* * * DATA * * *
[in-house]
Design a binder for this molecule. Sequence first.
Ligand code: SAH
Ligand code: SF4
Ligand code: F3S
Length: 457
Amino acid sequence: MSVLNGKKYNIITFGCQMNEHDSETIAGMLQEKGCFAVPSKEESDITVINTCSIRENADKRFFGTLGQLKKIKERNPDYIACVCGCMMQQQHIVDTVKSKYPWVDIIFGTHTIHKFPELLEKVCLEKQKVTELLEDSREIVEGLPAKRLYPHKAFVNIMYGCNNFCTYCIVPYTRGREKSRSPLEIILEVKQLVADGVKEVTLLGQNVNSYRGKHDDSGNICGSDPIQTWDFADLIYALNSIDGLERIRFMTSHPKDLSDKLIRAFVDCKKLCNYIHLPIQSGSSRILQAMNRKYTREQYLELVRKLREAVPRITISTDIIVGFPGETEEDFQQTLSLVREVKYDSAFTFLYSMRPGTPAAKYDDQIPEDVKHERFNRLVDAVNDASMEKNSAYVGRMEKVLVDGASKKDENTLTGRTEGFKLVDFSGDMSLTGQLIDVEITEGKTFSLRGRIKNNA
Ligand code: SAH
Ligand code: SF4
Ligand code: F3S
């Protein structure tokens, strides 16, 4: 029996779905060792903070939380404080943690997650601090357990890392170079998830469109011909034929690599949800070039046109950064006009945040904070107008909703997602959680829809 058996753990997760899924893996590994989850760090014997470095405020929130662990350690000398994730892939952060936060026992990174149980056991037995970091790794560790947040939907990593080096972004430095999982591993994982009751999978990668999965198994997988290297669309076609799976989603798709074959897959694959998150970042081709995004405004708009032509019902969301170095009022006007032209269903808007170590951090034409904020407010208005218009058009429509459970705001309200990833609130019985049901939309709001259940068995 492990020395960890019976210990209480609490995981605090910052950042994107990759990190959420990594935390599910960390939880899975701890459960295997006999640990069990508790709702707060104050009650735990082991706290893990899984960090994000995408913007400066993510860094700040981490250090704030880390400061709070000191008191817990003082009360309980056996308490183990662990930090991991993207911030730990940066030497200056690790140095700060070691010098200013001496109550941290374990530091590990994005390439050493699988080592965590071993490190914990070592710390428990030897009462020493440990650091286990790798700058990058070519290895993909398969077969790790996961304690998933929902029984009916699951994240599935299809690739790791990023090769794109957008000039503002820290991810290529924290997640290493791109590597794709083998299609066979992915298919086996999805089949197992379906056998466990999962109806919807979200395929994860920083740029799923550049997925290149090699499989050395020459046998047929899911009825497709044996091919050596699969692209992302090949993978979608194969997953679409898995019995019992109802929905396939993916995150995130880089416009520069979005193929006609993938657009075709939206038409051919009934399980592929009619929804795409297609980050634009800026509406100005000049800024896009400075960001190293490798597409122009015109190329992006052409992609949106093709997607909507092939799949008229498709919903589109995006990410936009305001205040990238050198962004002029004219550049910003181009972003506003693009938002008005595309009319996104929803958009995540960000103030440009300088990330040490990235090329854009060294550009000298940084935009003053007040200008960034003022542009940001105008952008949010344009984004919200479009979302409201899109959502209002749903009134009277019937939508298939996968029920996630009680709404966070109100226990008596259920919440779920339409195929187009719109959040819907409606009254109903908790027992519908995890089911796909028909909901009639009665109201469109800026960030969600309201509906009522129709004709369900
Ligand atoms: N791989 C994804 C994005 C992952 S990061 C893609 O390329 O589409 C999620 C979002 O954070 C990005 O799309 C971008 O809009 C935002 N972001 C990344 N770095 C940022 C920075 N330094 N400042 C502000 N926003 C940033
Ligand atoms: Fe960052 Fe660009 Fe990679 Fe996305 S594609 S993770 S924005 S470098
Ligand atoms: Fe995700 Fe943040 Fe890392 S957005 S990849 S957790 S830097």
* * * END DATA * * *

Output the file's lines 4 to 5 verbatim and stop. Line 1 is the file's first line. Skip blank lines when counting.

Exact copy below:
Ligand code: SF4
Ligand code: F3S